In practical terms, to find these vessels you can start in the antecubital fossa (more familiar area for most of us) and track them down, or plonk down on the forearm and pan circumferentially. Scanning in the short axis / transverse axis / cross-sectional view tends to work best in kids. To assess suitability, translate the probe up and down along a vessel to get an idea of the direction. If it’s running diagonally, rotate your probe until it’s running along the same plane as the vessel to act as a mental reminder of the angle/direction that you need to insert your cannula. Pick the specific spot on the vessel that you’d like to puncture, bearing in mind that you will be puncturing the skin millimetres back from that point. Pick the patch of the vein that is the longest, straightest, shallowest, and biggest. Have a second fallback site planned out elsewhere for if required. Lastly, make sure to track the vein proximally as far as you can to ensure that it doesn’t run into a large thrombosed/occluded/recannalizing patch of vessel.

Obscure angles make things more challenging, in my experience. Right angles and parallel lines are your friends because they assist in mental unburdening and allow you to devote energy to troubleshooting issues. As mentioned above, map the vessel prior to puncture. Part or all of a vein will often wander diagonally along its journey, so approaching from the wrong direction increases the likelihood of punching through the side of the vessel. The centre of the image corresponds to the arrow/marker along the long edge of the probe, so you have a reference point between digital (screen) and physical (skin). Use the ultrasound as a mental reminder of your plane of approach; rotate the probe until the vessel is consistently sitting in the very centre of your image as you plane up and down. In other words, the ultrasound image is perfectly perpendicular to the plane of the vessel.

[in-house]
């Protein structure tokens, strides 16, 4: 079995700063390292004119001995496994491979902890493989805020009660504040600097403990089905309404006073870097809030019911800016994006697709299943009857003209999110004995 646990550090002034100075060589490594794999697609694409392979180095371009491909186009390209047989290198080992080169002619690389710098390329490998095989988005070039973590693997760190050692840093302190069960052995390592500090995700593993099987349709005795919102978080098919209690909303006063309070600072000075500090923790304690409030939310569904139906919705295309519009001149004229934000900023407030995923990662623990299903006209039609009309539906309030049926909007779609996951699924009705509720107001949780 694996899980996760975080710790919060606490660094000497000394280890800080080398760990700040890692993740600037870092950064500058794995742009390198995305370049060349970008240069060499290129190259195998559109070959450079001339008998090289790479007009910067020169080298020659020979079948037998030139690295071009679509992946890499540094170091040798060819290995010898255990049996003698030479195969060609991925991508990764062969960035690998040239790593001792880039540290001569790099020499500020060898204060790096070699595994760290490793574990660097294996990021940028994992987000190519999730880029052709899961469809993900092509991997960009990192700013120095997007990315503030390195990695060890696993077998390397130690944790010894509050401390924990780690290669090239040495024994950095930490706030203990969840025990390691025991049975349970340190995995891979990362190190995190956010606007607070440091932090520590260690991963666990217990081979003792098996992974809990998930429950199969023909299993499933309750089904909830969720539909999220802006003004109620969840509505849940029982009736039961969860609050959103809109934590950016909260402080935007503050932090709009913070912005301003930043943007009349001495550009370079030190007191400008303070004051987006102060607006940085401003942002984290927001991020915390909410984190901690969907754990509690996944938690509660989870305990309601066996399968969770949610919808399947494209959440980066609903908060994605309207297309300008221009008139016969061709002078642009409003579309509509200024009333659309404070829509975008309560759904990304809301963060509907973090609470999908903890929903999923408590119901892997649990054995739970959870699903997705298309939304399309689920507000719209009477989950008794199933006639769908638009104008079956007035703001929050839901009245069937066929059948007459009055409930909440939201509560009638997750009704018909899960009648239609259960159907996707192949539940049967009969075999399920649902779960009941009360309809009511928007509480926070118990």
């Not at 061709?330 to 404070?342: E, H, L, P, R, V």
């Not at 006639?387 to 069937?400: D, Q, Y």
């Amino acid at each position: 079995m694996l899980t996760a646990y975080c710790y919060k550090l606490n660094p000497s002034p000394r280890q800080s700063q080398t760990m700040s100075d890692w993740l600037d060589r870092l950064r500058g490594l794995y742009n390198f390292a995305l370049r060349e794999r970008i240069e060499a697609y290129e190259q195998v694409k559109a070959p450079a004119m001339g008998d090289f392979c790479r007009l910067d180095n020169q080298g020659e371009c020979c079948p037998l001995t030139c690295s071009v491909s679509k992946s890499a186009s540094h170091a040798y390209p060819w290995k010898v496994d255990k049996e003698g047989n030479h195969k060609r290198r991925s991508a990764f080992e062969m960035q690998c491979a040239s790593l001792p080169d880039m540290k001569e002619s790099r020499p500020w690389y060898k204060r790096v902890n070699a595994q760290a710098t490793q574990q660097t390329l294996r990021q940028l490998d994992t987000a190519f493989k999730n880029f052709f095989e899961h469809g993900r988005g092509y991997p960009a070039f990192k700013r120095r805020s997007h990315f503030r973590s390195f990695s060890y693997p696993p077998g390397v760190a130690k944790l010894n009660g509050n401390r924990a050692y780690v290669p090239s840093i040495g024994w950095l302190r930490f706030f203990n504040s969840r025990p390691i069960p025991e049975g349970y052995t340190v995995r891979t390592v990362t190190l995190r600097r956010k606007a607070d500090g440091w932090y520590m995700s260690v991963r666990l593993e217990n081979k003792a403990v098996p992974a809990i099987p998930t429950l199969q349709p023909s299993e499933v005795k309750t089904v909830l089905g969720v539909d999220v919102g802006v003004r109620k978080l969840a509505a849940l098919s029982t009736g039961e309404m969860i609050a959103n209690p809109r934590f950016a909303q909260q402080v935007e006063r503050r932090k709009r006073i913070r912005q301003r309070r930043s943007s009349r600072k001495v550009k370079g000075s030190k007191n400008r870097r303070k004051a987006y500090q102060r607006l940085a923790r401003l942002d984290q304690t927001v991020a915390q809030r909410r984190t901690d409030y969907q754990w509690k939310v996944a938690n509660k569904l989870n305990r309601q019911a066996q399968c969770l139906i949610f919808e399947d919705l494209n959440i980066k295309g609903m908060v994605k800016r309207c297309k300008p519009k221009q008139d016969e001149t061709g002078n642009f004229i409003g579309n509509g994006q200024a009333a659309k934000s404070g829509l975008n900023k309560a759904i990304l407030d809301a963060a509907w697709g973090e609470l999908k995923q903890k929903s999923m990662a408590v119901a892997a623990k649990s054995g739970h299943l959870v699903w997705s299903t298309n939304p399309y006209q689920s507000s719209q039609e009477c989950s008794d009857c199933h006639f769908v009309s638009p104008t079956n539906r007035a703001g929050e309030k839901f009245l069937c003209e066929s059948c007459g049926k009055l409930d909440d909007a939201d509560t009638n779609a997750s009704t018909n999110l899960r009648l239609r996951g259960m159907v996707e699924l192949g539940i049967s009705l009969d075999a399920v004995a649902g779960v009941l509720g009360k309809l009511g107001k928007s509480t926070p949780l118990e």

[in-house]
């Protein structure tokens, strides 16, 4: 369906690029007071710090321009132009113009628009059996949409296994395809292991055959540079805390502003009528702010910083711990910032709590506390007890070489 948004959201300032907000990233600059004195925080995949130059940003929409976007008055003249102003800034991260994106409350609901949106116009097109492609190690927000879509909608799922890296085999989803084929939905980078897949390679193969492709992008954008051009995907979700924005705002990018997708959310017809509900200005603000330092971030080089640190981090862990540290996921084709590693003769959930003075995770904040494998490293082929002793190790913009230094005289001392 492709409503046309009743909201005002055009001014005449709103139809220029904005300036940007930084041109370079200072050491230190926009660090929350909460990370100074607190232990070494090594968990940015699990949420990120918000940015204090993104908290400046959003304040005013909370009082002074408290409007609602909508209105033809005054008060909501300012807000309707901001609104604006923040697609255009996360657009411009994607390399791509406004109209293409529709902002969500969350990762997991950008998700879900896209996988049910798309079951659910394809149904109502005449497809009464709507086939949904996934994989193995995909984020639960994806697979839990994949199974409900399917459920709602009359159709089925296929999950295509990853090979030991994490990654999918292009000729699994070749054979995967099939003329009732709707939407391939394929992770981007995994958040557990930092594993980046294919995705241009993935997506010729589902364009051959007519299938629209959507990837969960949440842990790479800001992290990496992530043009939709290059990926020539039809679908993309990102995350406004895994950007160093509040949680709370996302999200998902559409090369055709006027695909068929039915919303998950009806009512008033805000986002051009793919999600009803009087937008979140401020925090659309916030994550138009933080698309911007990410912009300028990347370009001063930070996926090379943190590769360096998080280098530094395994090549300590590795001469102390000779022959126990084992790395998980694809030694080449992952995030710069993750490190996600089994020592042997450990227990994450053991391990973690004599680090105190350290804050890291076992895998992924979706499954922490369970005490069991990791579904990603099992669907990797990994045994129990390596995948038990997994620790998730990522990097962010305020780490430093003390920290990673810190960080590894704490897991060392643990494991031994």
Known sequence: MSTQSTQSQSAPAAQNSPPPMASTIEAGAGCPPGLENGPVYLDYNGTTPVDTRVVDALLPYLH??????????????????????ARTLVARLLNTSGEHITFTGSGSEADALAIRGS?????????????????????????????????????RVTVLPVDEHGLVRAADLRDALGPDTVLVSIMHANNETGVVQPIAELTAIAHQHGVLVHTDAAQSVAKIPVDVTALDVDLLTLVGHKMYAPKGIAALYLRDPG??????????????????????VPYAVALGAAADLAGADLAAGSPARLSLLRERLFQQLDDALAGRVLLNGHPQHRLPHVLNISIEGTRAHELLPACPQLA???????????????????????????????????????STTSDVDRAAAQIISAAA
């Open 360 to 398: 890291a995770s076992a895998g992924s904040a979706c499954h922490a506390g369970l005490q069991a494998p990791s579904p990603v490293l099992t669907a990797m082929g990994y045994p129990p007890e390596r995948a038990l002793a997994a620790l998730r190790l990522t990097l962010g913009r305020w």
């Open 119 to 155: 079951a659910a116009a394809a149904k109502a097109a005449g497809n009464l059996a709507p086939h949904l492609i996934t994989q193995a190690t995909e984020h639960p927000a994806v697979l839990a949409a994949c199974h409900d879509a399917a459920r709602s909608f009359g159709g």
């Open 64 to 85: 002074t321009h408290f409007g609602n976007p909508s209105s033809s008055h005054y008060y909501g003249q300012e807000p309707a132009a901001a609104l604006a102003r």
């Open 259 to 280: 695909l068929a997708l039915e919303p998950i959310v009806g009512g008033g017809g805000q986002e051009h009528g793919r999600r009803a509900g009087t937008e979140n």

Speaking of right angles, I prefer to keep the ultrasound at right angles to the surface that you’re scanning. Angling back and forth creates a loss of contact and a distorted image as the ultrasound bounces of structures and does not return to the transducer. This creates a less clear image where vessels artificially look larger. If you need to change your view, translate/glide the probe along the skin, rather than introducing angle. It can be useful to temporarily angle the transducer perpendicular to the shaft of the cannula if you lose sight of it as this will light it up more clearly.

This is a big one. Thinking of your cannulation as a two-phase puncture process is something that I find extremely helpful. Your objective is not to puncture the skin and end up inside the vessel in a single action, and in fact, attempting to do this seems decrease the likelihood of success. 

 

Puncture Phase 1

Puncture 1 is the process from skin puncture to positioning the tip of your cannula on the superficial wall of the vessel. To achieve this, align your probe to achieve a view with the vessel in the centre of the image. Puncture the skin with the cannula a few millimetres distal to the probe. This bit is painful, so do this with a decisive action so that 2-3 mm of the cannula is within the soft tissue. Increase your angle of insertion to 30-45°. Your next objective is to find the tip of the cannula. Moving your non-dominant (ultrasound) hand, translate/slide the probe towards the puncture site until a glimmering white dot becomes apparent in your image. Once you are convinced that you are viewing your cannula, you need to ensure that you are viewing the tip at all times.